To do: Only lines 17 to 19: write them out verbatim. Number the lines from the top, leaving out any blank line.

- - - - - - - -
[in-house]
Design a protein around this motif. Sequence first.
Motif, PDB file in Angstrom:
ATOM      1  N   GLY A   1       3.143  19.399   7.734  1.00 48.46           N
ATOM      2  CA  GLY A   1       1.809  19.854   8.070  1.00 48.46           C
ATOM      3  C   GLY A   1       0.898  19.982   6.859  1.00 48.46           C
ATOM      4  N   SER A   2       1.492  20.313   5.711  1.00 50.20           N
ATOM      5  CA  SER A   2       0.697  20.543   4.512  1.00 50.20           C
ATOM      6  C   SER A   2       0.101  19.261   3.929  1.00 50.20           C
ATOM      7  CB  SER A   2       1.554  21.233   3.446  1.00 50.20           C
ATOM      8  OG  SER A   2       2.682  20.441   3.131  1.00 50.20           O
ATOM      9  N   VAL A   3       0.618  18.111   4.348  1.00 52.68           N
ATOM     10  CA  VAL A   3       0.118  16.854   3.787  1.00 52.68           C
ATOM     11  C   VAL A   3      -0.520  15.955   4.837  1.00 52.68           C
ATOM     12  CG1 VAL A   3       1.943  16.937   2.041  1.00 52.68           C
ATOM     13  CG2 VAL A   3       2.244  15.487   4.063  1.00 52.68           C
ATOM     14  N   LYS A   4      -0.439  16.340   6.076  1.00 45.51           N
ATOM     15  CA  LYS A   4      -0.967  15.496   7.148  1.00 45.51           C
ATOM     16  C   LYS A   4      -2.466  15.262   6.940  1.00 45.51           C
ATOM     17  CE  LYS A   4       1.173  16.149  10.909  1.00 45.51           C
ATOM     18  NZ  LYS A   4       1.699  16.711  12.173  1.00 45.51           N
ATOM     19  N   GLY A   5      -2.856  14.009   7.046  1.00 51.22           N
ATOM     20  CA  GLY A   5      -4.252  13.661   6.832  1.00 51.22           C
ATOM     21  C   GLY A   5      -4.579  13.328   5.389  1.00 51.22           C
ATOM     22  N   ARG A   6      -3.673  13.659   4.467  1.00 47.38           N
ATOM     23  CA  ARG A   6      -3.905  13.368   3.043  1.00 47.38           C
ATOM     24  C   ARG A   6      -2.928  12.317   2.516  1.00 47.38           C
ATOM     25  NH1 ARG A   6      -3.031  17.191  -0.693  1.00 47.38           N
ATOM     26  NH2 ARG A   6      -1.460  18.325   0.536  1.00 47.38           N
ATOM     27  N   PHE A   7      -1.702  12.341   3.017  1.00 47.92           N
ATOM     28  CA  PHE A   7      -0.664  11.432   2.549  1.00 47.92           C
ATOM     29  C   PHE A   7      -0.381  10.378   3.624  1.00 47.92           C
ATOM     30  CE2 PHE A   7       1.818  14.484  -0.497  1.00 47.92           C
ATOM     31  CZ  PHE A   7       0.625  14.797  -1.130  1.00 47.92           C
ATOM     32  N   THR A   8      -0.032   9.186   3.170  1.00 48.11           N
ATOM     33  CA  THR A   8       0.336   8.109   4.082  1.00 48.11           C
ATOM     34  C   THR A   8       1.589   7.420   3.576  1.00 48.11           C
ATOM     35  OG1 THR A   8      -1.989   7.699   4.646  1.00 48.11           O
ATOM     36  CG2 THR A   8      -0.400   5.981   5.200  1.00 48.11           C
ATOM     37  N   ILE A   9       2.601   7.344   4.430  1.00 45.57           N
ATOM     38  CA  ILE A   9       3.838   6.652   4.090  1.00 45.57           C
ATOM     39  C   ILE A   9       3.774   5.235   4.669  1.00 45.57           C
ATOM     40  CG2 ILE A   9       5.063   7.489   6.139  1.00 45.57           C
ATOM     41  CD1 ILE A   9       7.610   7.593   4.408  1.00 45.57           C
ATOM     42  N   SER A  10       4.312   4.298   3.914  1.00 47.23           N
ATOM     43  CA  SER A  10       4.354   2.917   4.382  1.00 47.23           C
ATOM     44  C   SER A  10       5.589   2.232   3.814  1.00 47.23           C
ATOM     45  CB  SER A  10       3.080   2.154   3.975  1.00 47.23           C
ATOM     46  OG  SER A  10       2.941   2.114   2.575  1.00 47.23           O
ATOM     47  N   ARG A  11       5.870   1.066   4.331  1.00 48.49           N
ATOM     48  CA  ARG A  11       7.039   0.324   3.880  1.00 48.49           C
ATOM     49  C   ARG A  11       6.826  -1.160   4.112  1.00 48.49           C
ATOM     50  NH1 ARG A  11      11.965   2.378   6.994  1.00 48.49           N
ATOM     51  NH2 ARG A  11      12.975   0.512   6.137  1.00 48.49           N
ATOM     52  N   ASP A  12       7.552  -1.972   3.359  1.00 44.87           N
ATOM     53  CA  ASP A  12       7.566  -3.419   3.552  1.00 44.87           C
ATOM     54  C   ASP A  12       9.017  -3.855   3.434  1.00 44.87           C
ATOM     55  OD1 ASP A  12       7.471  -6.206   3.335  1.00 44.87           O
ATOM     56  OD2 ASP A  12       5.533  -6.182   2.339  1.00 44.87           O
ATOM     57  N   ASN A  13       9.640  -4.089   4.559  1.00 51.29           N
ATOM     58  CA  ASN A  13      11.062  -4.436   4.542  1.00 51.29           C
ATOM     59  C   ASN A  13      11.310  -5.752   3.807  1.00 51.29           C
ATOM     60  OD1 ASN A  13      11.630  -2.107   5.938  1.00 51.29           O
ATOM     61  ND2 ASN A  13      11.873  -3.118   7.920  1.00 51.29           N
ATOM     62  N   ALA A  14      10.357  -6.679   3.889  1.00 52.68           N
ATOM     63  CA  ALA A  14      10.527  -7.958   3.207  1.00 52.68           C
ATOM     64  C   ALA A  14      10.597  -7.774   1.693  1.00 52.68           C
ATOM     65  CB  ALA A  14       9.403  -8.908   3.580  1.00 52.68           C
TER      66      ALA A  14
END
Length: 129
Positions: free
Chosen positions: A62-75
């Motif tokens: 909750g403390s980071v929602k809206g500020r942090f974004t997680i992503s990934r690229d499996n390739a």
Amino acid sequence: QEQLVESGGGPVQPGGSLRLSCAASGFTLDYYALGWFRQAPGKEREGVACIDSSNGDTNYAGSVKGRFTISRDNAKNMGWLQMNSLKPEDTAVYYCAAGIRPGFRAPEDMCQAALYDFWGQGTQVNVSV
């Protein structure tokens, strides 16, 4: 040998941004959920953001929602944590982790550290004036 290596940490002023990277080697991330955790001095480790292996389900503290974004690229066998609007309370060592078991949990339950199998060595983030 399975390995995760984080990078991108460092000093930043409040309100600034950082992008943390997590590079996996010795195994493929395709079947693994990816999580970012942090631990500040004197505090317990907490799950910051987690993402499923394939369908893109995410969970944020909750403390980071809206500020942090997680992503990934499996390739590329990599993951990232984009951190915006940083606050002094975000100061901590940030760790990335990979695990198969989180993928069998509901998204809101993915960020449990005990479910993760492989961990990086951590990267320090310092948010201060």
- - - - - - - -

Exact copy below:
ATOM     14  N   LYS A   4      -0.439  16.340   6.076  1.00 45.51           N
ATOM     15  CA  LYS A   4      -0.967  15.496   7.148  1.00 45.51           C
ATOM     16  C   LYS A   4      -2.466  15.262   6.940  1.00 45.51           C